2. Photo references usually have WAY too much contrast. To correct this first, go to Image-->Adjustments-->Brightness/Contrast. You will usually have to slide the brightness up and the contrast down until it is as close to your painting as you can get it. The screen shot below gives you a good idea of how I lay out my work space in Photoshop (I only have the History and Layers sidebars showing). This way I can see how many layers I have going at once, as well as track every move I've made by watching the History.

3. Photos often lean too much on the warm or cool side. To correct this, go to Image-->Adjustments-->Color Balance (keyboard shortcut: Ctrl+B). There a sliders you can play around with to push something warmer or cooler. Make sure the "Preview" box is checked so you can see what you are doing. You can also try addressing saturation. For example, I felt that the reds and oranges were too far saturated in the photo, especially under that warm lighting. So I went to Image-->Adjustments-->Hue/Saturation (Ctrl+U), selected "reds", and pulled the saturation slider down. When you are satisfied with the changes, hit "OK."

4. You may still want to bring up the details in shadow areas. To do this, you will have to select specific parts of the photo. Go to the "Lasso" tool (shortcut key is "L"), and run your mouse around the area you wish to correct. The resulting area of blinking dotted lines is called a "selection." Soften the edges of your selection by feathering (Select-->Modify-->Feather or shortcut Ctrl+Alt+D). Then follow the steps above to correct that one area, or go to Levels (Ctrl+L) and use the sliders to adjust values. You can also use Curves (Ctrl+M) to adjust your lights and darks.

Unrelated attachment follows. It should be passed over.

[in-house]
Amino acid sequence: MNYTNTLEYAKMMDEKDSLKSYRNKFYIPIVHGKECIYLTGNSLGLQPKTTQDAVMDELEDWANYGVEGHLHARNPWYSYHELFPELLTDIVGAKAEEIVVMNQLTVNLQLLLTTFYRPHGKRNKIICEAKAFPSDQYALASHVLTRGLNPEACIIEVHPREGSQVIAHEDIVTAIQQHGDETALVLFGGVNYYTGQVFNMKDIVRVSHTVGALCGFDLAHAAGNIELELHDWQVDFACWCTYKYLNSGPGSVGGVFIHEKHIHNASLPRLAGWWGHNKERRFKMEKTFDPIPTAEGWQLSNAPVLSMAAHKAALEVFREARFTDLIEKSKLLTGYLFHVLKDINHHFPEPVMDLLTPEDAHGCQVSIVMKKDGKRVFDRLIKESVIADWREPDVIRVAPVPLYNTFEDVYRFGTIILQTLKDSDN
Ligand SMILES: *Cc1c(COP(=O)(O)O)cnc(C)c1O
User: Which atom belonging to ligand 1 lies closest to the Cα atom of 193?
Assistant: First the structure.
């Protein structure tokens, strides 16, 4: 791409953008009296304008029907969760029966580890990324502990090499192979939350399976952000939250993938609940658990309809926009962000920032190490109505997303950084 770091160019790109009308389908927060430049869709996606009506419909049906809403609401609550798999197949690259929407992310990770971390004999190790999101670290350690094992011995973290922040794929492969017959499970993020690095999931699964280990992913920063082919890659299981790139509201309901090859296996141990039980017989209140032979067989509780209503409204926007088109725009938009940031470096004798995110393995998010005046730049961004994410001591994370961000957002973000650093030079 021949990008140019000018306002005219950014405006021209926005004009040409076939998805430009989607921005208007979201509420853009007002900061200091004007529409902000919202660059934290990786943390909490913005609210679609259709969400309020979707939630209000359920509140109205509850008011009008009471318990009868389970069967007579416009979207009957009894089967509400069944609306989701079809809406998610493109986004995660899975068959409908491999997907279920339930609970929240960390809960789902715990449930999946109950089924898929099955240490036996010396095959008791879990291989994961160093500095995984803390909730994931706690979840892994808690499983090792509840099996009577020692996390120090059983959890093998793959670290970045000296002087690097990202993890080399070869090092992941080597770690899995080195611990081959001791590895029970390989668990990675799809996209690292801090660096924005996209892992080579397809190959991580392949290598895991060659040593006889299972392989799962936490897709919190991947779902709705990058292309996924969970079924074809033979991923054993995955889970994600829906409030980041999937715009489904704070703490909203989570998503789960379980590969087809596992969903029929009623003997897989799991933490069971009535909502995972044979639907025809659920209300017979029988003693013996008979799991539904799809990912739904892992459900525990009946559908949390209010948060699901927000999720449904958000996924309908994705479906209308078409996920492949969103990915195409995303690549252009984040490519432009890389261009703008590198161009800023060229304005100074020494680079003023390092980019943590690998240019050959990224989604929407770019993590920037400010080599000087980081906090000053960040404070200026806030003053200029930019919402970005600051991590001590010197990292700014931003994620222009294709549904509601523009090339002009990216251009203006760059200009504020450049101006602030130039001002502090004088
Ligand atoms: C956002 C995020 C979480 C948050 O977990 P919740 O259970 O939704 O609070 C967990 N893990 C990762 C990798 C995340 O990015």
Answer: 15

5. Merge your layers (Shift+Ctrl+E) and save as a new file.

Below is the corrected photo, which I also cropped in... perhaps an unnecessary step, but it saved me from visual distraction while I was working. Note: I could have selected the hair and matched that more accurately to my painting (i.e. lightened it and made it redder), but since the hair was pretty much already done on the portrait, I didn't bother.

The final painting reflects all the colors and values I saw when I started it from life, and most especially, the spirit of the pose.  But thanks to the photos, I was able to finesse it a little bit more, as well as really nail down the model's likeness and most distinctive feature in profile: her beautiful nose. 

Anna Rose Bain - "Jessie in Profile" - 12x9 - oil 

Bonus: you can use the steps above to correct photos of your artwork, too! :-)

Let me know if you have any questions. Photoshop is a wonderful, time-saving tool... if you know how to use it. :-)


  1. Great Tutorial, thanks! Since I paint mostly children I do use photos. I was also wondering if there was a setting on the camera to make my photos warmer as in the main they always turn out cool. I take mostly outdoors in natural light.

    1. Glad it could be of some help. :-) I think the color temperature is controlled by a separate setting on your camera, called "White balance." You would find it in the menu. I have mine set to "auto" so that it detects what lighting situation I am in, but you can manually change it to whatever you want (i.e. daylight, fluorescent, etc.). I didn't even mention this in the post, but the best way to modify color temperature in your photos overall is to edit them in Adobe Bridge's Camera Raw first. I'll write about that soon! :-)

  2. Thanks, Anna! Most helpful. Definitely need to try this.

  3. Anna thank you so much, I was looking for some info of this kind.I will try for sure.
    I personally feel its more tough to draw "Nature", and you have presented it beautifully, the reflection, use of colors to perfection, simply amazing!!

    1. Hi Sherree, So glad you found this helpful! I am only relaying information that was generously passed down to me. :-)

  4. Thank you Anna Rose. You are talented artist and great person!!Your blog helps a lot! N.P